- Lower pain back is one of the most common complaints in the Emergency Department (ED), comprising 2.6 million ED visits in the US in 2006. (Friedman 2010)
- The prevalence of chronic lower back pain is about 23%, and the lifetime prevalence of lower back pain is estimated to be around 60-70%. (Balague 2012)
- We will explore the differential diagnosis of non-traumatic lower back pain, with an emphasis on emergent etiologies.
The majority of ED low back pain presentations represent benign processes (i.e. musculoskeletal). These patients should be advised to resume normal activity, as prompt return to normal activity provides better outcomes than bed rest. Despite the predominance of benign causes, some patients will present with more serious pathologies that can cause neurologic disability, and non-spine causes of back pain (i.e. abdominal or retroperitoneal etiologies). A thorough history and physical is paramount in discriminating benign versus serious versus non-spine causes of lower back pain.
Patients with nonspecific back pain for less than 6 weeks with no red flags do not need imaging and can be discharged with analgesics and outpatient follow-up. Similarly, patients presenting with radiculopathy at L4-L5 or L5-S1 most often have disc herniation and often do not require emergent imaging either (Lin 2014). Patients with radiculopathy presenting with red flags suggesting serious pathology should receive emergent imaging. Note that plain film is neither sensitive nor specific for the workup of lower back pain. Additionally, the use of opiates is discouraged, and alternative modalities of pain treatment should be pursued first.
- New onset of back pain at extremes of age (< 20 years or > 50 years)
- History of cancer
- Constant, non-mechanical back pain, or pain worse when lying down
- Presence of neurologic symptoms including weakness and numbness
- Bilateral symptoms
- Immunosuppression (i.e. HIV/AIDS, corticosteroids, immunomodulating drugs)
- Change in bowel/bladder function (increased or decreased function) or erectile dysfunction
- Fever or night sweats
- Anticoagulant use
Patients with red flags along with their back pain should be considered for imaging (MRI) in the ED.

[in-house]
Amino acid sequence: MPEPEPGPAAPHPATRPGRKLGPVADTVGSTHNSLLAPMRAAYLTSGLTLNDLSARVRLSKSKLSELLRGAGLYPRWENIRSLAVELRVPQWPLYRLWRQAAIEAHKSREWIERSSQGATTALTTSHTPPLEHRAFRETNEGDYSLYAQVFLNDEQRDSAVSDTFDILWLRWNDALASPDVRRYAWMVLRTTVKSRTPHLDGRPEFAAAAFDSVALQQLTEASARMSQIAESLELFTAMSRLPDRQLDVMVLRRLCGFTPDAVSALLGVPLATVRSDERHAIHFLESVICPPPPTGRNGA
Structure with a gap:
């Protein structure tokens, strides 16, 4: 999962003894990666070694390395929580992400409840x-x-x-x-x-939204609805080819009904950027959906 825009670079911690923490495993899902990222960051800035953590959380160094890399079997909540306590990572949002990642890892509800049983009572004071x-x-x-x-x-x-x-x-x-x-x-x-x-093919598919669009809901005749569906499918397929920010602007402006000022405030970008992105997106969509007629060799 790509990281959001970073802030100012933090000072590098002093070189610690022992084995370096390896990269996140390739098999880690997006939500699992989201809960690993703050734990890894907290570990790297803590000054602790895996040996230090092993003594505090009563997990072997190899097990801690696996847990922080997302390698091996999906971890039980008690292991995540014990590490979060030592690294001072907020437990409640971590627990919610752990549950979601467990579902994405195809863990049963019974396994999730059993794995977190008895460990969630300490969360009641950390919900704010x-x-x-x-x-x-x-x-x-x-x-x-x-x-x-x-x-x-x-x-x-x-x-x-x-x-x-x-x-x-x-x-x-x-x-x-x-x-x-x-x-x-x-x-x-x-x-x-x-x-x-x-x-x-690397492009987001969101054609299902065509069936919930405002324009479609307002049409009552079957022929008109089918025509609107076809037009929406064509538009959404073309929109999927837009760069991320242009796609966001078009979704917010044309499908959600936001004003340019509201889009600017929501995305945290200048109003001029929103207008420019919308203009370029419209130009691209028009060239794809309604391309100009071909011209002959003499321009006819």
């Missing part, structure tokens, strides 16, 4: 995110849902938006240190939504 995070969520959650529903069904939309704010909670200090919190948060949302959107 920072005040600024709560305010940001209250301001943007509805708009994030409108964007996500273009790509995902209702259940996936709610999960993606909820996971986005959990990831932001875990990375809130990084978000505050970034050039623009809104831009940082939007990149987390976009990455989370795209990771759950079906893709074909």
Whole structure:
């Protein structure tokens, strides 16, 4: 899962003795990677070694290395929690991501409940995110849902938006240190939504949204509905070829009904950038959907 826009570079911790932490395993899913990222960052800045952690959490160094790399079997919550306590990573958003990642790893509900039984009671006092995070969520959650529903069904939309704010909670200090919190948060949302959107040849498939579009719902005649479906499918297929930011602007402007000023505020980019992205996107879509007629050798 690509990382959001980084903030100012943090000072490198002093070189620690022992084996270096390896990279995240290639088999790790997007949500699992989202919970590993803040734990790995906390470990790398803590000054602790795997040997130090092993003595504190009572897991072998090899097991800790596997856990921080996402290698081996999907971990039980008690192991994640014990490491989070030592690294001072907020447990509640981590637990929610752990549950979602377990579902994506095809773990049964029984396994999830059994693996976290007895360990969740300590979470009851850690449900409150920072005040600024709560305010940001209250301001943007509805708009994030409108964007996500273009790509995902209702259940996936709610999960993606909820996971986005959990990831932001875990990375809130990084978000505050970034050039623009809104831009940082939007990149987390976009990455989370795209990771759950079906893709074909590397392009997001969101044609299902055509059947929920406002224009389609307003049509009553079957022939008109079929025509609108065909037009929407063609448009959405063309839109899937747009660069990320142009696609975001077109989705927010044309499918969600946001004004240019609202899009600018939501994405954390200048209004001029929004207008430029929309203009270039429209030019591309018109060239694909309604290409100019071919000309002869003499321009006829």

- Focal neurologic signs and symptoms are specific but not sensitive (i.e. if present, they suggest serious pathology but their absence does not rule out disease) (Edlow 2015)
- Concerning physical exam findings
- Motor – weakness in legs or arms
- Sensory – saddle anesthesia
- Reflexes – diminished or abnormal reflexes including positive Babinski sign
- Sphincter dysfunction – decreased rectal tone or post-void residual >100 ml (Edlow 2015)
- Midline tenderness to palpation or percussion
Emergent Differential Causes of Low Back Pain
- Non-Spine Related Causes
- Epidural metastatic disease
- Intradural metastatic disease
- Intramedullary tumor
- Spinal epidural hematoma
- Cauda equina syndrome (from disc herniation)
Note: low back pain in the pediatric population is a separate topic with a different differential diagnosis to consider.
Take Home Points:
- The vast majority of non-traumatic low back pain is benign (mechanical/musculoskeletal in origin)
- Ask about red flags! These help identify patients with more serious pathology
- “Back pain” does not always mean the pathological process is occurring in the back. Consider abdominal causes of back pain as well
- Plain films are unhelpful – they are neither sensitive nor specific for discriminating etiology of lower back pain
- If you are concerned for a dangerous pathology as the cause of back pain, obtain an MRI as both plain films and CT will commonly miss serious pathology
Friedman, BW et al. Diagnostic Testing and Treatment of Low Back Pain in US Emergency Departments. A National Perspective. Spine 2010; 35 (24) E1406–11. PMID: 21030902
Balague, F et al. Non-specific low back pain. The Lancet 2011; 379 (9814): 482-491. PMID: 21982256
Lin, Michelle, and Jeremiah D. Schuur. A High-Value Diagnostic Approach to Low-Back Pain. ACEP Now 2014; 33 (3).
Edlow, JA. Managing Nontraumatic Acute Back Pain. Annals of Emergency Medicine 2015; 66 (2): 148-53. PMID: 25578887